there is less for me.” Dogs know that you can share all the love, forgiveness, and positive feelings you want and still have more to give. Live life fully. When Garry takes his dog, Panda, for a walk, Panda takes an interest in every rock, twig, leaf, tree, person, and dog they meet. Can’t you remember when you were a child and looked forward to new and exciting experiences and you did not mind being having fun and being silly? How can you reconnect with your inner puppy and rediscover your inner sense of play and adventure? Enjoy Life Now! Humans tend to think if we spend all our time working now, at some point in the future we will slow down to enjoy life. Very few elderly people would say this approach makes sense. For example, author Leo Buscaglia describes a letter by an 85-year old man who wrote, “If I had my life to live over again, I’d try to make more mistakes next time. I wouldn’t try to be so perfect. I’d be sillier than I’ve been on this trip. I’d ride more merry-go-rounds; I’d watch more sunrises and play with more children-- if I had my life to live over again. But you see, I don’t.” The message is clear; watch sunsets now. Enjoy your family now. Develop your ‘bucket list’ and start scratching off your


accomplishments now. Dogs understand you only have so much time on Earth and it is up to you to live a life that is balanced. Understanding your purpose, living for the moment, giving more than you take, living life fully, and living life in the now are not trivial guidelines; they give meaning to our lives, our family, and our colleagues at work. Learn from your dog and make time to rest, to play, to explore, to lay in the sunshine, to scratch, and give time to those you love. That’s life-balance. PC

Garry McDaniel and Sharon Massen speak nationally on what individuals and organizations can learn from dogs about leadership, team building, and customer service. Their book, The Dog’s Guide to Your Happiness: Seven Secrets for a Better Life from Man’s Best Friend, can be pre-ordered on Amazon. Garry and Sharon invite you to contribute stories about what you have learned from your dog that has positively enhanced your view on personal, family or professional relationships. Please send your stories or insights to Garry and Sharon at happydogsecrets@ or by calling 614-657-8524.


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Nithyanandeshwara Hindu Temple Ohio Celebrating Companion Animals from the Space of Advitha—Each One is Part of the Whole.

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Inner Awakening® is a 21-day spiritual transformation program in India that awakens you to your natural intelligence through yoga at all levels of body and mind. Deriving various techniques and processes from the Vedic scriptures and teachings like Shiva Agamas, Inner Awakening® offers a powerful awakening of the Kundalini Shakti, one’s inner potential, through meditation, spiritual processes, yoga, pranayama, kriyas, and the powerful Shivoham process. How will Inner Awakening enrich my life? The Awakening of the Kundalini energy by the power of initiation by a rare living incarnation in just 21 days gives you access to a whole new realm of living. The program works on all the basic dimensions of your life, allowing you to experience deep healing at the physical, mental and emotional levels and the ultimate experience of enlightenment. You gain a state of deep inner peace coupled with tremendous productivity and creativity. Becoming constantly aware of every moment provides you with astonishing clarity to fully live the life you love!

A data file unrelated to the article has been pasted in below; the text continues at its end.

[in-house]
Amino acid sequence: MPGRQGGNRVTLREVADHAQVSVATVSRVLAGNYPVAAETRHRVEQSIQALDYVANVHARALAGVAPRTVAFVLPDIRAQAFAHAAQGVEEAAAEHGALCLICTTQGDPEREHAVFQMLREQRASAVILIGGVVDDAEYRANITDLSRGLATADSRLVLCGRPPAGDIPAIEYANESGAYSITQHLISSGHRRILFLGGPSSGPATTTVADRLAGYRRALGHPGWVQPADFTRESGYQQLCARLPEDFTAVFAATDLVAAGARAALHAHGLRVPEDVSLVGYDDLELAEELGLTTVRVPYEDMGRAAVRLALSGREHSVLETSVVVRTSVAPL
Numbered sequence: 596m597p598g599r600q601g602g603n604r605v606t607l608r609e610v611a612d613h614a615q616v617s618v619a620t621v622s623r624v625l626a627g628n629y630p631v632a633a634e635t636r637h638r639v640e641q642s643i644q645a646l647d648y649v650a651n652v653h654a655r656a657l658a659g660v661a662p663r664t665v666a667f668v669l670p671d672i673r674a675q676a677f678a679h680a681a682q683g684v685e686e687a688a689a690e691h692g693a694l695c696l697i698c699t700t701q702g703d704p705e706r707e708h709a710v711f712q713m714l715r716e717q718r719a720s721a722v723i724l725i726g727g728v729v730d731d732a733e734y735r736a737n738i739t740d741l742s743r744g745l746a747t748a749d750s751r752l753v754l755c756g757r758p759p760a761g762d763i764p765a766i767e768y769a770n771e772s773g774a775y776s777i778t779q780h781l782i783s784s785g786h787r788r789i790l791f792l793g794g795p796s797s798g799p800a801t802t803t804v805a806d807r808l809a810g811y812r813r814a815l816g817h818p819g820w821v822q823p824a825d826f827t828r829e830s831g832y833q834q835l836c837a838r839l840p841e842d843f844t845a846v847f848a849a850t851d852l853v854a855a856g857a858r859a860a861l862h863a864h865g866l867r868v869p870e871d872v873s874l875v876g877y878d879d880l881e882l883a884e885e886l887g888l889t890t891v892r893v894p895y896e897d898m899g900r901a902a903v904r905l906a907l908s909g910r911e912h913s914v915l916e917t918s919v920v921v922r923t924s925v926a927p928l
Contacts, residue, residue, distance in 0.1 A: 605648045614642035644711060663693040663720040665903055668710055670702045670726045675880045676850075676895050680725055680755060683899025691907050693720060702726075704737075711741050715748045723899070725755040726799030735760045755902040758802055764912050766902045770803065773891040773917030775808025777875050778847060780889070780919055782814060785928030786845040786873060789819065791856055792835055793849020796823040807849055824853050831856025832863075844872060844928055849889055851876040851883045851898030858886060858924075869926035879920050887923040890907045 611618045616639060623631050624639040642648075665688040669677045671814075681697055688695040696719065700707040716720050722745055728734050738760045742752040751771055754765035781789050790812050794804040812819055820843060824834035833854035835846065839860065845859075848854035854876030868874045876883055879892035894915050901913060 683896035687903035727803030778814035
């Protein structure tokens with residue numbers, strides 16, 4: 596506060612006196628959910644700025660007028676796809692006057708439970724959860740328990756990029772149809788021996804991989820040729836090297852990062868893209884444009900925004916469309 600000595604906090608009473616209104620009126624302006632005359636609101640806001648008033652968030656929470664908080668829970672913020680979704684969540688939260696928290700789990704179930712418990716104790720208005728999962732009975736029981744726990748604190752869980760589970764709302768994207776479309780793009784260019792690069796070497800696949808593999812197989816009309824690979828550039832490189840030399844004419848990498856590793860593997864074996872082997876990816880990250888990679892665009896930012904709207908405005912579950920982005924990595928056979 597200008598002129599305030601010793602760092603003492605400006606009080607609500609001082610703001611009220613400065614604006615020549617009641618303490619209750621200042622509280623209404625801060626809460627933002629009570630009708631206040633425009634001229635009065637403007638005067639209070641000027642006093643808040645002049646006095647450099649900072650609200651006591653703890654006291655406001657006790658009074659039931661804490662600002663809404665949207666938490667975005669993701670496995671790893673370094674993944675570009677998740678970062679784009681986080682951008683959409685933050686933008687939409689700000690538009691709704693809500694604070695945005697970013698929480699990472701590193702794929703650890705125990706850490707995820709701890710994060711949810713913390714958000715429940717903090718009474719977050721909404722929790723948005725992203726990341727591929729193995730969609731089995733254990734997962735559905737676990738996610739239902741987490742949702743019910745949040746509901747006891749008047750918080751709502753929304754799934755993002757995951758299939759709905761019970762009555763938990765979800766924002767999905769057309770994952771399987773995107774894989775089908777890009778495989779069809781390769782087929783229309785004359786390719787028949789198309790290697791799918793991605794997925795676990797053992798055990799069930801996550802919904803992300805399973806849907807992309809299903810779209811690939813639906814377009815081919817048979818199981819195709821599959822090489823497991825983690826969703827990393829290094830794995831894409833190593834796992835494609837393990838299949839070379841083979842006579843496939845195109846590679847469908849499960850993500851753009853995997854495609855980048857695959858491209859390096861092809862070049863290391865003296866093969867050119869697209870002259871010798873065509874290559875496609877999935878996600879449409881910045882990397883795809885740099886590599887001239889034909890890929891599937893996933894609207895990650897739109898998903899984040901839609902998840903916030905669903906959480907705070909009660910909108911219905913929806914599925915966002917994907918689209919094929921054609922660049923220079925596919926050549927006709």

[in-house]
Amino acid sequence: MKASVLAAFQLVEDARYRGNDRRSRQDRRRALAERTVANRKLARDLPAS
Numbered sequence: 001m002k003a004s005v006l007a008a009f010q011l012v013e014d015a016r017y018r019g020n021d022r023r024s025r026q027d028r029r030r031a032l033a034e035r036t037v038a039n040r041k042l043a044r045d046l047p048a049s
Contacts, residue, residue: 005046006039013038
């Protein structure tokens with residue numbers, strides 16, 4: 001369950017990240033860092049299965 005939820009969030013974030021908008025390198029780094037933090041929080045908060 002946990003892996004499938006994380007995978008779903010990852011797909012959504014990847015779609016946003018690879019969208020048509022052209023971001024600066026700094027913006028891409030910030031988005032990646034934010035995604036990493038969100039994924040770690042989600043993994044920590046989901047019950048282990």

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Nithyanandeshwara Hindu Temple Ohio Aadheenam 820 Pollock Road • Delaware, OH 43015 614-571-8425 •

Nithyanandeshwara Hindu Temple is a traditional Shiva temple and the spiritual center for the teachings of enlightened master Paramahamsa Nithyananda in the Ohio region. Located on the banks of the Olentangy River, the temple is a peaceful, serene energy field designed to elevate consciousness. The temple offers free meditation, yoga, Sattvic cooking classes, and spiritual solutions for life. Paramahamsa Nithyananda is revered, regarded, respected and worshipped as the Avatar (living incarnation) of superconsciousness by millions across the globe. He is also the spiritual head of Mahanirvani Peetha, the oldest and largest apex body of Hinduism. He and his global spiritual community are serving humanity by reviving the science of completion, science of Enlightenment and manifesting various extraordinary spiritual powers as per the Vedic Agamic tradition of Sanatana Hindu Dharma. He is author of 350 books, which are translated and published in 500 titles and various international languages. His Sangha has a strong presence worldwide through numerous Temples, Aadheenams (Temple monastery complex), Gurukuls (Vedic schools), universities and goshalas (cow shelters). His live spiritual discourses can be viewed every evening online at at 9:30 pm EST. Recorded discourses can be viewed at lifeblissfoundation.


Buddy As our first dog, Buddy quickly became a member of our family. He was the cutest puppy who captured our hearts the moment we saw him. He was a typical energetic lab who loved to play catch and retrieve, hike, swim, run, go to the dog park, play tug of war, and simply just being by our side. Buddy had a wonderful life and we were all so thankful to have been a part of it. He is missed every day and will forever be in our hearts.

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HAAWC is a 501(c)(3) organization that honors the Human-Animal Bond as a source of wellness for individuals, families and communities. Guided by the belief that animals are a gateway to human healing, HAAWC intends to develop both urban programs and rural sanctuaries designed to impact community health, safety and wellness.

HAAWC is Raising Funds for 4 Objectives: • Assistance with veterinary care, pet medications & pet food programs • Animal-assisted activities • Educational seminars & workshops • Research on the Human-Animal Bond

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Central Ohio PetConnections Magazine Holiday 2016 Digital Edition  

Central Ohio PetConnections Magazine Holiday 2016 Vol. 2 Issue 6 Digital Edition

Central Ohio PetConnections Magazine Holiday 2016 Digital Edition  

Central Ohio PetConnections Magazine Holiday 2016 Vol. 2 Issue 6 Digital Edition